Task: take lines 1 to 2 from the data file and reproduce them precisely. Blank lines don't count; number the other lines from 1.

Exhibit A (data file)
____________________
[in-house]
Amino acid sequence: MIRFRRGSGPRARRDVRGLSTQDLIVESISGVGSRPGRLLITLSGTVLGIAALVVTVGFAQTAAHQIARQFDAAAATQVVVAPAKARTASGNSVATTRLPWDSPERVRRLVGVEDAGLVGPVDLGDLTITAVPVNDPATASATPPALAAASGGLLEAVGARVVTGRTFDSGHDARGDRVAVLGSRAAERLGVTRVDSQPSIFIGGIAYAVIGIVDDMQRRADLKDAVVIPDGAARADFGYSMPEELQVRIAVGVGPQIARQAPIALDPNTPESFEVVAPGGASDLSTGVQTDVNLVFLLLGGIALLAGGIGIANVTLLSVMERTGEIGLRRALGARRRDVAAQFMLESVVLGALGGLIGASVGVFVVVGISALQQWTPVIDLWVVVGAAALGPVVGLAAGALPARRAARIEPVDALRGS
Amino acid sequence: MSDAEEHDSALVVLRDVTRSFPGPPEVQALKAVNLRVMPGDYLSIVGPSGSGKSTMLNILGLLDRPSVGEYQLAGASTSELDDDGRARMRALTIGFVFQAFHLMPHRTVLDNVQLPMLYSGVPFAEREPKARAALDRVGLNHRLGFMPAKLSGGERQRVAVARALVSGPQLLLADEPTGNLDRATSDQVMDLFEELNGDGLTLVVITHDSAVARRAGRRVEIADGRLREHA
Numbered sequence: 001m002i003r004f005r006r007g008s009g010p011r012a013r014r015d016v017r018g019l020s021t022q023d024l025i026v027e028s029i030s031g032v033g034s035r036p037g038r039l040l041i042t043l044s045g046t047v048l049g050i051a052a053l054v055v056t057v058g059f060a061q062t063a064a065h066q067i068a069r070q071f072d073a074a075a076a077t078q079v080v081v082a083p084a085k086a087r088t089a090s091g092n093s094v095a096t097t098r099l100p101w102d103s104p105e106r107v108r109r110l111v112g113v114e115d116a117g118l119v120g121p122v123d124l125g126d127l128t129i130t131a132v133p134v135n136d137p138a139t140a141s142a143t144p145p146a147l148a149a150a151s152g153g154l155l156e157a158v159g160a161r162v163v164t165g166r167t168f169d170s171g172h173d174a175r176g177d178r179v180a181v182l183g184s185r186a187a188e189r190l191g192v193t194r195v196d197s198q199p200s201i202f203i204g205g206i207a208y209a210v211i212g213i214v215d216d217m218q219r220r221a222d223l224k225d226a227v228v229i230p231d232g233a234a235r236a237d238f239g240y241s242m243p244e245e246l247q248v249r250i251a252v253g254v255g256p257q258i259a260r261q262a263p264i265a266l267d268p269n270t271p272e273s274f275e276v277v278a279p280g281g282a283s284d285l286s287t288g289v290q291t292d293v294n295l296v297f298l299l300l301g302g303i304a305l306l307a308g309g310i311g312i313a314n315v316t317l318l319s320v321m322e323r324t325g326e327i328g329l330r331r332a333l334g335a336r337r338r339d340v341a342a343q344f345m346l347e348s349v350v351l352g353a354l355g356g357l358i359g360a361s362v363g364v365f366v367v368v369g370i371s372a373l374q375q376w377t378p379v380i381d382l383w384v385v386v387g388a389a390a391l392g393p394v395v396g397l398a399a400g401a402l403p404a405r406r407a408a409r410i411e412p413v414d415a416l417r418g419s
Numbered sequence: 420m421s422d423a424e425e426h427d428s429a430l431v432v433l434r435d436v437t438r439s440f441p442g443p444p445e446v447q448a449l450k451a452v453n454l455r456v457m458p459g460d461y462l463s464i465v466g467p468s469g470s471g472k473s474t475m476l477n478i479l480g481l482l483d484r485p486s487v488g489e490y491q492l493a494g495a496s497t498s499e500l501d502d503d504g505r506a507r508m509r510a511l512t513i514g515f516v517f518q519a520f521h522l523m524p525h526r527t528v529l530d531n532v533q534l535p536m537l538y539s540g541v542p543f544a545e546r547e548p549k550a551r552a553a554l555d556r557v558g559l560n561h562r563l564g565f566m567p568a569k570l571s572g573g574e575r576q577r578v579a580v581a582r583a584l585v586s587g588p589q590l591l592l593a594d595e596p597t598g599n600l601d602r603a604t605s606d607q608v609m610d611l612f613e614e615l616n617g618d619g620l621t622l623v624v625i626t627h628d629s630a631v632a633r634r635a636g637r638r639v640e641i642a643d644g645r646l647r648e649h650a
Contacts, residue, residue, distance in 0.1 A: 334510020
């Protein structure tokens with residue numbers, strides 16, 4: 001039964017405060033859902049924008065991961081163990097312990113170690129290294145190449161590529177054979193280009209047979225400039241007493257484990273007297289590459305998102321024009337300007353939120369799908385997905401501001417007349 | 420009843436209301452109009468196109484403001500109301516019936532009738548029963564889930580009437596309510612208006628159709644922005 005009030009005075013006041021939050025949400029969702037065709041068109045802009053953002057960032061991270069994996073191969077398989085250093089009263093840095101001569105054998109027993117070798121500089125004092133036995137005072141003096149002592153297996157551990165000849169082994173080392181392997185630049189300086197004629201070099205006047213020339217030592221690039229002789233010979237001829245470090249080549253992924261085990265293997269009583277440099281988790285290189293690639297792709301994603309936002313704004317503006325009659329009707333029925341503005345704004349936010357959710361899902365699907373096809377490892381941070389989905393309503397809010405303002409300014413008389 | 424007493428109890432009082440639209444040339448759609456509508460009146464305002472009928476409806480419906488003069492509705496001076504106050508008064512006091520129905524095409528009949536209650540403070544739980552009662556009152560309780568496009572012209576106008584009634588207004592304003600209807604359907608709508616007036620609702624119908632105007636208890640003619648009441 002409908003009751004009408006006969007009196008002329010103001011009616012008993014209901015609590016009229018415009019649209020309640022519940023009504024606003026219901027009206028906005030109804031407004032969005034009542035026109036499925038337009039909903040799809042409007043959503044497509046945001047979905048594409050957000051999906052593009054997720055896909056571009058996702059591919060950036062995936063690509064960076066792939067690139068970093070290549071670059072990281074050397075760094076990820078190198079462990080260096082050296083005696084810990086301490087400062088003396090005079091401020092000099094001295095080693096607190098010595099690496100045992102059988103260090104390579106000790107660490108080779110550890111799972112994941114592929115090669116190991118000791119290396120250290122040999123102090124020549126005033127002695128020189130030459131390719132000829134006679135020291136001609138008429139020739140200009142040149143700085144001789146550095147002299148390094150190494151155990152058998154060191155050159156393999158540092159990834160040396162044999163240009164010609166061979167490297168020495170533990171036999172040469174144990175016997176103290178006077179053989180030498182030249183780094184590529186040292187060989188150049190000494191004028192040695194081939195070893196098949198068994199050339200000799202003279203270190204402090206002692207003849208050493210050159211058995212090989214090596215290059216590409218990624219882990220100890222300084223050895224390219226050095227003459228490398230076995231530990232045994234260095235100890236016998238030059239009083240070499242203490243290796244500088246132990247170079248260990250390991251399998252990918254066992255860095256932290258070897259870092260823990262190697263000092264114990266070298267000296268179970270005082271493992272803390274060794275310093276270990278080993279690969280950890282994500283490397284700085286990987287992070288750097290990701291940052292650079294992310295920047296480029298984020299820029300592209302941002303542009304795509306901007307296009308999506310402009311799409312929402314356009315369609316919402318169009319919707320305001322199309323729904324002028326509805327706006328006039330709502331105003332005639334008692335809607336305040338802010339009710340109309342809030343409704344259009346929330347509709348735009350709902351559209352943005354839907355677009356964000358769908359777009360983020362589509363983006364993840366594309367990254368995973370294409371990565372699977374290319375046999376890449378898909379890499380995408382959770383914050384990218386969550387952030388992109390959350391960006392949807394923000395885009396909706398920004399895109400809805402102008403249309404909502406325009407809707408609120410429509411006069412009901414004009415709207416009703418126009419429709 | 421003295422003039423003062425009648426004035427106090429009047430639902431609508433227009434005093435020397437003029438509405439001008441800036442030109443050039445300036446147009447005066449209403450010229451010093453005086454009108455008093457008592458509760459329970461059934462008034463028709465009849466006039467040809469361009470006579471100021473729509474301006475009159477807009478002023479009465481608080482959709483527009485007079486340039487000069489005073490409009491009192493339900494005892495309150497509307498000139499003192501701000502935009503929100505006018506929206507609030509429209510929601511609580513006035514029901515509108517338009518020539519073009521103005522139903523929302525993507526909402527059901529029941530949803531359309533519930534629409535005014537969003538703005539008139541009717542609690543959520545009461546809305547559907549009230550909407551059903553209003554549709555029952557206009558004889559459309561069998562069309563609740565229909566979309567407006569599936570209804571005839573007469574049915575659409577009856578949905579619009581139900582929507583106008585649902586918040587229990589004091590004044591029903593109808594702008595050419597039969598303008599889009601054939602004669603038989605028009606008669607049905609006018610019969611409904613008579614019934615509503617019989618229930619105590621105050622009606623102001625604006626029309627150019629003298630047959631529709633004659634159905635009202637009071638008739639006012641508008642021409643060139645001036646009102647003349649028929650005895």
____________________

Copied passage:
[in-house]
Amino acid sequence: MIRFRRGSGPRARRDVRGLSTQDLIVESISGVGSRPGRLLITLSGTVLGIAALVVTVGFAQTAAHQIARQFDAAAATQVVVAPAKARTASGNSVATTRLPWDSPERVRRLVGVEDAGLVGPVDLGDLTITAVPVNDPATASATPPALAAASGGLLEAVGARVVTGRTFDSGHDARGDRVAVLGSRAAERLGVTRVDSQPSIFIGGIAYAVIGIVDDMQRRADLKDAVVIPDGAARADFGYSMPEELQVRIAVGVGPQIARQAPIALDPNTPESFEVVAPGGASDLSTGVQTDVNLVFLLLGGIALLAGGIGIANVTLLSVMERTGEIGLRRALGARRRDVAAQFMLESVVLGALGGLIGASVGVFVVVGISALQQWTPVIDLWVVVGAAALGPVVGLAAGALPARRAARIEPVDALRGS